Another option for testing soil pH is to use an electronic soil pH tester, which works by measuring the conductivity of the soil, which is also affected by its acidity. Soil pH testers are both affordable and practical, as you simply stick them into the soil and the device immediately displays the soil's pH value on the screen. However, soil pH testers are not as accurate, as they're affected by the moisture content in the soil as well as the composition of water in the soil.

Soil classification based on its pH value:

pH 5 and less – strongly acidic soil

pH 5 - 6 – acidic soil

pH 6 - 7 – neutral to slightly acidic soil

pH 7 - 8 – alkaline soil

Interesting fact: the pH scale is logarithmic. This means that pH 6 is ten times more acidic than pH 7 and pH 5 is ten times more acidic than pH 6, etc.

How to adjust pH in soil

The acidity of the soil can be increased or decreased as necessary, depending on the types of plants you want to grow in your garden. For overly acidic soils, we can increase the soil pH by adding lime (ground limestone) or wood ash to the soil. The amount of lime needed to raise the pH varies depending on whether it is added to sandy or clay soil. To raise the soil pH from 5 to 6, only 3 oz. per square yard (100 g/square m) is needed for sandy soils, whereas up to three times the amount of limestone is needed for heavy clay soils.

If, on the other hand, your soil is too alkaline and you need to lower the pH, you can add peat, incorporate fresh organic material (needles, leaves, mulch, etc.) into the soil, or add sulfur or fertilizer.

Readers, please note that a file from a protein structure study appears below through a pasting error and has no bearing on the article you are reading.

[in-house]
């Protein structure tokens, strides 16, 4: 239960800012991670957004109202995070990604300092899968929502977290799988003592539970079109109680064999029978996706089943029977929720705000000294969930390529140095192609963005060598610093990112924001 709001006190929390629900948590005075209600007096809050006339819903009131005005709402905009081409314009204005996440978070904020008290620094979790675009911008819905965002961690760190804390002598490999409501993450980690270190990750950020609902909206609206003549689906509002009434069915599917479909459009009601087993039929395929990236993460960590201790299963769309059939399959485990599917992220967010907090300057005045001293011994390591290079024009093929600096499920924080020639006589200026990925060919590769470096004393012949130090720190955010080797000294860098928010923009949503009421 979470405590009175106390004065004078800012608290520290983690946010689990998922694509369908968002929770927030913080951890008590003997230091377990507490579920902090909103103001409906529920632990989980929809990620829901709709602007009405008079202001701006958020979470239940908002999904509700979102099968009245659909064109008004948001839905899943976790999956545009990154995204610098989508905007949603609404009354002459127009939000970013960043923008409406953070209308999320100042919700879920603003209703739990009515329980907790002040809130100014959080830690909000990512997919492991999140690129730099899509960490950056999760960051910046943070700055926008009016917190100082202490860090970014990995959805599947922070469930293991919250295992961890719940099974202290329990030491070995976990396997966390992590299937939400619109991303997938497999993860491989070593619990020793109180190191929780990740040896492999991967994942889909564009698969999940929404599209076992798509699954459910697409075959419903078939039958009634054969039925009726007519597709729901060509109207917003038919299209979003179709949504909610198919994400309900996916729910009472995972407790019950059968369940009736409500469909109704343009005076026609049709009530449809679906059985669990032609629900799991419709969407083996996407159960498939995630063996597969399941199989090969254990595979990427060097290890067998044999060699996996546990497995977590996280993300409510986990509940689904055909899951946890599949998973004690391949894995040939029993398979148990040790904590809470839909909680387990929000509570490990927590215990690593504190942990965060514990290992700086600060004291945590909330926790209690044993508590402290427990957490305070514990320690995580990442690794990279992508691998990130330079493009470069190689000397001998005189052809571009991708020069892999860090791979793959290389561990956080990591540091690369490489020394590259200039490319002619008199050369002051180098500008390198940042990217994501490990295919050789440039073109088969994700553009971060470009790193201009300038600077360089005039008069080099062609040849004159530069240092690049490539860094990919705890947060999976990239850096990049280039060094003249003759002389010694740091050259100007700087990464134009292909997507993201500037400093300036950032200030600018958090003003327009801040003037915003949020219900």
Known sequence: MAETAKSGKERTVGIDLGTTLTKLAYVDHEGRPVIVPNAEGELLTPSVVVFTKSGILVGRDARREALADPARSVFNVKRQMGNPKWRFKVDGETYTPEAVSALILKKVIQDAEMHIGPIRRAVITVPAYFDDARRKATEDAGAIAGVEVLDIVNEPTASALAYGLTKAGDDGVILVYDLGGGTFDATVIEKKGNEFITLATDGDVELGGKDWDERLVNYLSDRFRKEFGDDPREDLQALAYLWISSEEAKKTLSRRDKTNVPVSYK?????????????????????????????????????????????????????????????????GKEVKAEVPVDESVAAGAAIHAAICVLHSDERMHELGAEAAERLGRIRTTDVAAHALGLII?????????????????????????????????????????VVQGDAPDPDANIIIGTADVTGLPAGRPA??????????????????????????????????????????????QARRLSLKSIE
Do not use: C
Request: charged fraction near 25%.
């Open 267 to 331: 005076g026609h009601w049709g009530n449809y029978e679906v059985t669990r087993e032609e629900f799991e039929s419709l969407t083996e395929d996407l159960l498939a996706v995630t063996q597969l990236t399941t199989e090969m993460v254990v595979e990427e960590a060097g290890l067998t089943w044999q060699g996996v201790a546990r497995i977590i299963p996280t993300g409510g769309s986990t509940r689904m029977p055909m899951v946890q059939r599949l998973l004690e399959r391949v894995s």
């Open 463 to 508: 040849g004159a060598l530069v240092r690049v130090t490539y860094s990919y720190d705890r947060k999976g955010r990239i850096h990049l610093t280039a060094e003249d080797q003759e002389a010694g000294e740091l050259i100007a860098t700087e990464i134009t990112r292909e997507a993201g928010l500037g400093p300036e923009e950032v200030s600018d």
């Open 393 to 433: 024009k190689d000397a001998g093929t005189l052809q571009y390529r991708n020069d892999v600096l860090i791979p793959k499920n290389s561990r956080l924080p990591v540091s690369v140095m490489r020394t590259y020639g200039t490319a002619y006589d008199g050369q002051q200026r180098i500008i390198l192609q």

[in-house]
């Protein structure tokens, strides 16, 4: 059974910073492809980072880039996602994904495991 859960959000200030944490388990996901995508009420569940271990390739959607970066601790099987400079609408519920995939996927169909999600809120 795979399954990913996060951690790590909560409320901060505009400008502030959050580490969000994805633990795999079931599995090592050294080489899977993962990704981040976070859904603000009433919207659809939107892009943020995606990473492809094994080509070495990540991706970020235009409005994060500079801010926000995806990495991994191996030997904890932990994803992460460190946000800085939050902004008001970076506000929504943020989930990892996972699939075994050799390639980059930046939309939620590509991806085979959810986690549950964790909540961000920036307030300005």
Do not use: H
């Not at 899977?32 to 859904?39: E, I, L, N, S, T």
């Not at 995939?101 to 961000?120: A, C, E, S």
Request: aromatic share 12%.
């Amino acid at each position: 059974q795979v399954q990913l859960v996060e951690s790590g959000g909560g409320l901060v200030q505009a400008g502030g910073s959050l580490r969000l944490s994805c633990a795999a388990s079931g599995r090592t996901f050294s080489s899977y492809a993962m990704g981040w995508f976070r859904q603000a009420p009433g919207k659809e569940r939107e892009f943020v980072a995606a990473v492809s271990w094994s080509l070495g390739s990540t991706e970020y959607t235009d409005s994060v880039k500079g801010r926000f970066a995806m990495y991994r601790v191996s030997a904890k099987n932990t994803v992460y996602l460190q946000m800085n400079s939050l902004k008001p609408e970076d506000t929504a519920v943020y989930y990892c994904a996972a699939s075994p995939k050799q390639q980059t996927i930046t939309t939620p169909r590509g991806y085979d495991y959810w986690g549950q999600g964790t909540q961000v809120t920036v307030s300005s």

If you would like to test the soil pH again after treatment, it is necessary to wait until the different components and layers of the soil have neutralized each other (approx. 3 months) to get an accurate reading.

What are the appropriate soil pH values for various plant species?

Various plant species are adapted to different soil types, including the pH range in which they can thrive. For example, wild strawberries have a wide range of tolerated pH (5.0 - 7.5), so they thrive in both acidic and alkaline soils, while blueberries typically thrive only in a narrow pH range (4.5 - 5.0).

A neutral to slightly acidic soil with a pH of 6-7 is best suited for most edible and ornamental plants, so these soil pH values are therefore considered ideal. As these are the vast majority of plant species, we won't include them in the list below, which will include plants that prefer a lower, more acidic pH, along with alkaline loving plants that will tolerate a more alkaline environment.

Strongly acidic soil loving plants (pH 4 - 5 )





Hydrangeas (blue flowers)


Acidic soil loving plants (pH 5 - 6)


Sweet potatoes







Plants suited for mildly acidic, neutral and alkaline soil (up to pH 8)

Legumes (beans, peas, clover, vetch,…)

Vegetables (asparagus, beat, cabbage, kale, leek, spinach, garlic, corn, cauliflower, tomatoes)

Herbs (lavender, marjoram, salvia, yarow, šalvia)

Ornamental plants (periwingkle, lilac, hosta, lily, clematis, chrysanthemum, zinnia, ornamental grasses, ivy)

Trees (thuja, false cypress, rose of sharon, forsythia, beech, ash tree, chestnut, sweet cherry, sakura)


Related themes:

1. Find out How to use wood ash as a garden fertilizer

2. Find more about What ingredients are used in various potting mixes